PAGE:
Kumar Talkies

Directed by Pankaj Rishi Kumar

76 minutes / Color
English / English subtitles
Release: 2000
Copyright: 1998

There is only one cinema in Kalpi, a small town in northern India. Not much more than a dilapidated shed in the poorest section of town, the theater, Kumar Talkies, doesn't have any hits or flops - supply and demand doesn't apply here. Every day a few people come to see the film, irrespective of what it is.

KUMAR TALKIES juxtaposes the reality of Kalpi, where poverty affects all facets of life, with the world of rebellion and romance on the silver screen. The imaginary images of the impossible being made possible have become part of the collective consciousness in Kalpi. Cinema has become a vehicle that simultaneously conveys the urban imagination to the townspeople, while existing as a medium in which people expect their personal, local experiences to be captured and displayed. Kalpi takes shape in interviews with the townspeople and footage of their interactions with the film crew. In cinema-verité the village comes to life: quarrels for the best seats, conversations after the film, political debates in the bazaar.

KUMAR TALKIES looks at how, even in Kalpi, emerging information technologies widen the horizon of knowledge, but in so doing undermine and replace existing modes, both traditional and modern. There is one satellite dish for the whole town. The operator must balance the tastes of the townspeople, giving adequate airtime to each desired type of programming.

KUMAR TALKIES also explores not only the meaning of cinema and technology in Kalpi, but also the status of film in India, especially the relationship between Bollywood and its audience. It is also about the Kumar family's relationship with cinema. It was filmmaker Pankaj Rishi Kumar's father who thirty years ago renovated an old factory he had inherited, creating Kumar Talkies.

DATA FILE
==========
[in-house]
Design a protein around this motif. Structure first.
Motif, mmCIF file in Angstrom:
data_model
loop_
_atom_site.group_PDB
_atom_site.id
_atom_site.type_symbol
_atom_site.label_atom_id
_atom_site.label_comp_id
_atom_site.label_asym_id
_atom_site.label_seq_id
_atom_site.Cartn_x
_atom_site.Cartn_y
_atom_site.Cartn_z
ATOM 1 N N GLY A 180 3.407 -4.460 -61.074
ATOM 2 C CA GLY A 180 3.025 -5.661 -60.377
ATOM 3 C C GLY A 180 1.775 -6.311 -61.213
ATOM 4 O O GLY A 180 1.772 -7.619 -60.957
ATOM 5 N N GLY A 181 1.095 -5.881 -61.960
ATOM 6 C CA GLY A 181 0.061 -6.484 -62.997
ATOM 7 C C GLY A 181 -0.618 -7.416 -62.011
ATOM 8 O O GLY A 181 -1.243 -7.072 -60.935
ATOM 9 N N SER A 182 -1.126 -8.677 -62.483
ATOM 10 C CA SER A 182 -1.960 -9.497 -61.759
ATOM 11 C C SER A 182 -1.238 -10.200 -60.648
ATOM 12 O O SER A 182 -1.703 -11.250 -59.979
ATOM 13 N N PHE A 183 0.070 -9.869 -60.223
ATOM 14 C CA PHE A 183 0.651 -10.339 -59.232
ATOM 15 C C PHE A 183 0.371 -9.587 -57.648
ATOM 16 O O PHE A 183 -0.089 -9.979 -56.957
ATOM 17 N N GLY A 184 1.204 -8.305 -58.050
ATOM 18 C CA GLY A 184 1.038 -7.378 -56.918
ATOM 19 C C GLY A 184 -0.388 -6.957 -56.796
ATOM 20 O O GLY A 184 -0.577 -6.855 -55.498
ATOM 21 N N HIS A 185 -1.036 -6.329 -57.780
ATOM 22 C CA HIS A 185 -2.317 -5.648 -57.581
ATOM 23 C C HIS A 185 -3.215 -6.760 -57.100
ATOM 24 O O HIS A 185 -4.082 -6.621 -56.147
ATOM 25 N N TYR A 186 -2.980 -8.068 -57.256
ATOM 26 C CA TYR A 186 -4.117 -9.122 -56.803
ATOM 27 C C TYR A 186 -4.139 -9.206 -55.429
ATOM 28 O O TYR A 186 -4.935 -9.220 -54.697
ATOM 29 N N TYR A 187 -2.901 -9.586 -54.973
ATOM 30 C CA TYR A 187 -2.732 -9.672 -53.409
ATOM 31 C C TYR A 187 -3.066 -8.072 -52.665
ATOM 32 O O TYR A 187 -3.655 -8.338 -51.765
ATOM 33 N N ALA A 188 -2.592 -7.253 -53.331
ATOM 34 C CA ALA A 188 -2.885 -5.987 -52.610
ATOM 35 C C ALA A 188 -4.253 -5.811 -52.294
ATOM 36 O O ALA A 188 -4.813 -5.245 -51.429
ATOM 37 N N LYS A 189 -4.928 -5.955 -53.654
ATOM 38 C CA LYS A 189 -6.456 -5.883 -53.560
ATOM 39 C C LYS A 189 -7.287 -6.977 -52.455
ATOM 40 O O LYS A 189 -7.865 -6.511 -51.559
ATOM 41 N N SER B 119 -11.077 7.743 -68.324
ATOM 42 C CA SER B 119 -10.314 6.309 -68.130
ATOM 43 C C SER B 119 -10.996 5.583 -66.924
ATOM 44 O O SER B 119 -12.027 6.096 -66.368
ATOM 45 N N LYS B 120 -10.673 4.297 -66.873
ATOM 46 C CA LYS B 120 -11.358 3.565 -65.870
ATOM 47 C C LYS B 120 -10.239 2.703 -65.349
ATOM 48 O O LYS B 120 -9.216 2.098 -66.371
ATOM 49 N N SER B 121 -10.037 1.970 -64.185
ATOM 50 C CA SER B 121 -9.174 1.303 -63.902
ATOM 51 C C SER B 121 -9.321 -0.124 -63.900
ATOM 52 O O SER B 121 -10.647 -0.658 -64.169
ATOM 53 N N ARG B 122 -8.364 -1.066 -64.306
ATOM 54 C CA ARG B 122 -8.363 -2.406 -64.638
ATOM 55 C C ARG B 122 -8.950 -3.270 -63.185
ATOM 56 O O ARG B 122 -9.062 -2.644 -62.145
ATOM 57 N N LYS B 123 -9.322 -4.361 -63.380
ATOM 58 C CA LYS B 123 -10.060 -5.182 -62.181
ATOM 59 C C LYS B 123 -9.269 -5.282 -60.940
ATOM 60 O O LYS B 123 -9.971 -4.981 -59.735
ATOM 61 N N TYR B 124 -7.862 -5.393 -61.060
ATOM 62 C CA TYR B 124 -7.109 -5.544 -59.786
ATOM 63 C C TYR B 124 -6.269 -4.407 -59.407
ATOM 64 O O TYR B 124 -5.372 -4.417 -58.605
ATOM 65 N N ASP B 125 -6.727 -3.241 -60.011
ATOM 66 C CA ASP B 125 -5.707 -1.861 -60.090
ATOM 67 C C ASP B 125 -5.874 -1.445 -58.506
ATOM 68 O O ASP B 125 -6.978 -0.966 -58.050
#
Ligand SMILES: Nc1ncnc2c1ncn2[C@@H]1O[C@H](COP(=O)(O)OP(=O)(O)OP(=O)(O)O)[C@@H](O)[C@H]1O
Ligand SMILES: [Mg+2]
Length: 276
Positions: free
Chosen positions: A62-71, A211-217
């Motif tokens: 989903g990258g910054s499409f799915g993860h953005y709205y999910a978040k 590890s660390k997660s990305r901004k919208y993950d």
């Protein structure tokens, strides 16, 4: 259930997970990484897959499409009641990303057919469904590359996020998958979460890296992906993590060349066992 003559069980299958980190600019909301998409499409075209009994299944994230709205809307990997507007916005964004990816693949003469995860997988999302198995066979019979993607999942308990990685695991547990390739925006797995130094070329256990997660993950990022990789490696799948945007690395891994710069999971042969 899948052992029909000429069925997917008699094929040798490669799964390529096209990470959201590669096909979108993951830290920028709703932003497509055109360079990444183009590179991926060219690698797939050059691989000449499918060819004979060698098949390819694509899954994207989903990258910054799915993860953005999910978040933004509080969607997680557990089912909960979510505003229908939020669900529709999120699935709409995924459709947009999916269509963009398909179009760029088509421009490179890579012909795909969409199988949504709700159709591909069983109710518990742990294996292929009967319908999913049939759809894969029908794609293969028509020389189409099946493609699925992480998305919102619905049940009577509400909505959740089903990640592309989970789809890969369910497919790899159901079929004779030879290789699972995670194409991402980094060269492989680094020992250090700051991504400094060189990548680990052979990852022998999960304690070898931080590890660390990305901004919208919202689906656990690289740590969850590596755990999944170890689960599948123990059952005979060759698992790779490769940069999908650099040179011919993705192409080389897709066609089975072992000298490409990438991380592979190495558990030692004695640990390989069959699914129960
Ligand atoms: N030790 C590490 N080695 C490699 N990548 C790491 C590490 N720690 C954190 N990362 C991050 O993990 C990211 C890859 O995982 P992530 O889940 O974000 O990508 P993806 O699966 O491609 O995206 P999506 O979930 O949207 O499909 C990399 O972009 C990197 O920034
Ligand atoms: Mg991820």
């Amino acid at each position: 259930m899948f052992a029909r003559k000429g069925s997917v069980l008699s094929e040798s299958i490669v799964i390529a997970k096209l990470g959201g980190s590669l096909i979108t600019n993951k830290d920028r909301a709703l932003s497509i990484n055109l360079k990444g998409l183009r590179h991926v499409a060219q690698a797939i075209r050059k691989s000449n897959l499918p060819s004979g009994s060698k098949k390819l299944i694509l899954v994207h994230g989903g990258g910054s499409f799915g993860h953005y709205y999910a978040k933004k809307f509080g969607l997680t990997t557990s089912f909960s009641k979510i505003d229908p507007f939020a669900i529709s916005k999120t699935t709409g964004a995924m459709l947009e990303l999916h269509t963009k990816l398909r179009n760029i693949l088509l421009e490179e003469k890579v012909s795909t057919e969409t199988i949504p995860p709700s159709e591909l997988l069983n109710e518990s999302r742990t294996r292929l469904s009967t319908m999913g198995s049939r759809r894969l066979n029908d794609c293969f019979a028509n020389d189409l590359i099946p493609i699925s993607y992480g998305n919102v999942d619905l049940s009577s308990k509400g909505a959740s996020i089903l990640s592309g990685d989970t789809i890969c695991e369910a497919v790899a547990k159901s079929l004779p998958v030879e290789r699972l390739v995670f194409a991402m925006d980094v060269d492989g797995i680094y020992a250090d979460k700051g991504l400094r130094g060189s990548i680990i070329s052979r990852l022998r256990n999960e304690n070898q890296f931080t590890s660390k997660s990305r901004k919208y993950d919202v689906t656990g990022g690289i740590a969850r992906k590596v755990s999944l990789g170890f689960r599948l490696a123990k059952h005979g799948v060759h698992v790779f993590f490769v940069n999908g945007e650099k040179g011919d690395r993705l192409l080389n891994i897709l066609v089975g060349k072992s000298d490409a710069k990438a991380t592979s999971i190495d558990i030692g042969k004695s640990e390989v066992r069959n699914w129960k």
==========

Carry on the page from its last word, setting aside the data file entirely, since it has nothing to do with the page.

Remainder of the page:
"A remarkable documentary exposition of the role of cinema as an entertainment device in India. This is documentary film at its best, telling a variety of stories in ways that are both recognizable and counterintuitive, entertaining and poignant."—Politics and Culture

"This is a wise, witty and imaginative documentary ... the cinema gradually emerges as a metaphor for village life, where fantasy continues to play a central role in people's harsh lives."—Hollywood Reporter

"A tapestry woven from the threads of Indian cinematic history, the worldwide rise of television, and one town's struggle to survive - a feat that is simultaneously thoughtful, funny and heartbreaking."—Hawaii Film Festival

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Pankaj Rishi Kumar

Select Accolades

  • Official Selection, 2001 Association for Asian Studies Film Festival
  • 1999 Indian National Award for Best Audiography
  • Special Citation, 1999 Zanzibar International Film Festival
  • Society for Cinema Studies Conference, 2001
  • 1999 Rotterdam International Film Festival
  • 1999 Berlin International Film Festival